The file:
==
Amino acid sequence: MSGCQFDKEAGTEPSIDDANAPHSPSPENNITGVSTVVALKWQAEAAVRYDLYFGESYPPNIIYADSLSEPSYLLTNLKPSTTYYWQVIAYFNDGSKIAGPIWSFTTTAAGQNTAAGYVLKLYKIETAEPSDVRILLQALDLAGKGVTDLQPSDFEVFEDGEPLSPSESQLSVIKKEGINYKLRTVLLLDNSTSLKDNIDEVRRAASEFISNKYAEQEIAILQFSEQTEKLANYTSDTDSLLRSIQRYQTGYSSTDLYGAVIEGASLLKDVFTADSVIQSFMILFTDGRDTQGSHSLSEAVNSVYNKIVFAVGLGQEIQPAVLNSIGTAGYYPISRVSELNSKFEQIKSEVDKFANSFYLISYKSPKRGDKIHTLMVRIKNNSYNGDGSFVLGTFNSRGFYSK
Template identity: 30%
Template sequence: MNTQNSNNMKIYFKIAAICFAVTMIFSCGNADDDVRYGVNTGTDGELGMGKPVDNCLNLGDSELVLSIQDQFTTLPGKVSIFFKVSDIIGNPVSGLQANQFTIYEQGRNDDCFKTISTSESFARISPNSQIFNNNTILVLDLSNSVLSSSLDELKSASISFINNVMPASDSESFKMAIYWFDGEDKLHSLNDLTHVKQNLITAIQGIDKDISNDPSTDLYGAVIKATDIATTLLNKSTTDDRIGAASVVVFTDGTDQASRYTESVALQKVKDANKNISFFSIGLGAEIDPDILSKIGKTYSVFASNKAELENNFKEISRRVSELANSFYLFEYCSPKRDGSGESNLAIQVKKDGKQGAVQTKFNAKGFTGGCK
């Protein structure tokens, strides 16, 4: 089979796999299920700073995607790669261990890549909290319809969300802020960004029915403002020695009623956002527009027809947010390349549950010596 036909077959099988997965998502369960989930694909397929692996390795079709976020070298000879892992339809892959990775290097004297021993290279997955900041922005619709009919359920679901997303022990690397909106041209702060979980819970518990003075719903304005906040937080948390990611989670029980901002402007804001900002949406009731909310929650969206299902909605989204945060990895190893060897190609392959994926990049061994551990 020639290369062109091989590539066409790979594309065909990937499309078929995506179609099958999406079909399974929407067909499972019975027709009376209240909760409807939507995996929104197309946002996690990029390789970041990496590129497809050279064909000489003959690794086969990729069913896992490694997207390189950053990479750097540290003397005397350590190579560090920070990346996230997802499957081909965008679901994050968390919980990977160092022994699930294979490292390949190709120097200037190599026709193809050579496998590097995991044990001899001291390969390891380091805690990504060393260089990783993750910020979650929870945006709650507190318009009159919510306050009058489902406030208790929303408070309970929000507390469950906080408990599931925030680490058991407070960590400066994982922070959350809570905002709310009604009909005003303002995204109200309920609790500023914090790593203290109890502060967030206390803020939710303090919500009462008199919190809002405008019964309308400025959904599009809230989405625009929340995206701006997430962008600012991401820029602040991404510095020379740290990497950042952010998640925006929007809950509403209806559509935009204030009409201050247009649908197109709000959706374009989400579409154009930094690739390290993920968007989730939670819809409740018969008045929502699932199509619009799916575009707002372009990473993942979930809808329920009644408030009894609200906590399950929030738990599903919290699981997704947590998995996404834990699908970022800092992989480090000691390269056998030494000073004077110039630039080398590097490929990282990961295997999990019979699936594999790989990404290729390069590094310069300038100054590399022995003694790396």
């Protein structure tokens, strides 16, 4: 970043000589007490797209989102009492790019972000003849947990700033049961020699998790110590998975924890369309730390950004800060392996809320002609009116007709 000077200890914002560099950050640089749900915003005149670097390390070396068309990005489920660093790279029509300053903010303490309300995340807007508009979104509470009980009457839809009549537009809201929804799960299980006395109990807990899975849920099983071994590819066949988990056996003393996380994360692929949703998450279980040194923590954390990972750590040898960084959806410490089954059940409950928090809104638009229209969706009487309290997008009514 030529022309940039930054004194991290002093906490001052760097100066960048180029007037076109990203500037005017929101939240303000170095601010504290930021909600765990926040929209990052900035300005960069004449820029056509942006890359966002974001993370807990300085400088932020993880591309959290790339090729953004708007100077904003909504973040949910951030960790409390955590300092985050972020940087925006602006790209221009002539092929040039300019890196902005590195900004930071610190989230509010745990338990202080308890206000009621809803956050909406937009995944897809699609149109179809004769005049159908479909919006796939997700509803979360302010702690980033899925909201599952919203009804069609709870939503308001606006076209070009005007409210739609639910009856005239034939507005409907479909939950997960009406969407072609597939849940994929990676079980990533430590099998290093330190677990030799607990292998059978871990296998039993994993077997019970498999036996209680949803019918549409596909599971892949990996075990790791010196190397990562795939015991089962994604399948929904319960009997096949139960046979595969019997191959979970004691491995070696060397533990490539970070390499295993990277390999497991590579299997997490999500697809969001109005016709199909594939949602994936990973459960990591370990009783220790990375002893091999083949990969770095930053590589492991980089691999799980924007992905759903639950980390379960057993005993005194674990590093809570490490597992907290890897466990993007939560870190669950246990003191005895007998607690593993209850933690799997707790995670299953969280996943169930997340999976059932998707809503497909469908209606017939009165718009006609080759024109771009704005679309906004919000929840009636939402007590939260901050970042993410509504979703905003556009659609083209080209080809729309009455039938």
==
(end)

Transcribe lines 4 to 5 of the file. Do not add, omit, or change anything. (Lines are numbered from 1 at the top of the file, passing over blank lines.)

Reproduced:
């Protein structure tokens, strides 16, 4: 089979796999299920700073995607790669261990890549909290319809969300802020960004029915403002020695009623956002527009027809947010390349549950010596 036909077959099988997965998502369960989930694909397929692996390795079709976020070298000879892992339809892959990775290097004297021993290279997955900041922005619709009919359920679901997303022990690397909106041209702060979980819970518990003075719903304005906040937080948390990611989670029980901002402007804001900002949406009731909310929650969206299902909605989204945060990895190893060897190609392959994926990049061994551990 020639290369062109091989590539066409790979594309065909990937499309078929995506179609099958999406079909399974929407067909499972019975027709009376209240909760409807939507995996929104197309946002996690990029390789970041990496590129497809050279064909000489003959690794086969990729069913896992490694997207390189950053990479750097540290003397005397350590190579560090920070990346996230997802499957081909965008679901994050968390919980990977160092022994699930294979490292390949190709120097200037190599026709193809050579496998590097995991044990001899001291390969390891380091805690990504060393260089990783993750910020979650929870945006709650507190318009009159919510306050009058489902406030208790929303408070309970929000507390469950906080408990599931925030680490058991407070960590400066994982922070959350809570905002709310009604009909005003303002995204109200309920609790500023914090790593203290109890502060967030206390803020939710303090919500009462008199919190809002405008019964309308400025959904599009809230989405625009929340995206701006997430962008600012991401820029602040991404510095020379740290990497950042952010998640925006929007809950509403209806559509935009204030009409201050247009649908197109709000959706374009989400579409154009930094690739390290993920968007989730939670819809409740018969008045929502699932199509619009799916575009707002372009990473993942979930809808329920009644408030009894609200906590399950929030738990599903919290699981997704947590998995996404834990699908970022800092992989480090000691390269056998030494000073004077110039630039080398590097490929990282990961295997999990019979699936594999790989990404290729390069590094310069300038100054590399022995003694790396």
């Protein structure tokens, strides 16, 4: 970043000589007490797209989102009492790019972000003849947990700033049961020699998790110590998975924890369309730390950004800060392996809320002609009116007709 000077200890914002560099950050640089749900915003005149670097390390070396068309990005489920660093790279029509300053903010303490309300995340807007508009979104509470009980009457839809009549537009809201929804799960299980006395109990807990899975849920099983071994590819066949988990056996003393996380994360692929949703998450279980040194923590954390990972750590040898960084959806410490089954059940409950928090809104638009229209969706009487309290997008009514 030529022309940039930054004194991290002093906490001052760097100066960048180029007037076109990203500037005017929101939240303000170095601010504290930021909600765990926040929209990052900035300005960069004449820029056509942006890359966002974001993370807990300085400088932020993880591309959290790339090729953004708007100077904003909504973040949910951030960790409390955590300092985050972020940087925006602006790209221009002539092929040039300019890196902005590195900004930071610190989230509010745990338990202080308890206000009621809803956050909406937009995944897809699609149109179809004769005049159908479909919006796939997700509803979360302010702690980033899925909201599952919203009804069609709870939503308001606006076209070009005007409210739609639910009856005239034939507005409907479909939950997960009406969407072609597939849940994929990676079980990533430590099998290093330190677990030799607990292998059978871990296998039993994993077997019970498999036996209680949803019918549409596909599971892949990996075990790791010196190397990562795939015991089962994604399948929904319960009997096949139960046979595969019997191959979970004691491995070696060397533990490539970070390499295993990277390999497991590579299997997490999500697809969001109005016709199909594939949602994936990973459960990591370990009783220790990375002893091999083949990969770095930053590589492991980089691999799980924007992905759903639950980390379960057993005993005194674990590093809570490490597992907290890897466990993007939560870190669950246990003191005895007998607690593993209850933690799997707790995670299953969280996943169930997340999976059932998707809503497909469908209606017939009165718009006609080759024109771009704005679309906004919000929840009636939402007590939260901050970042993410509504979703905003556009659609083209080209080809729309009455039938």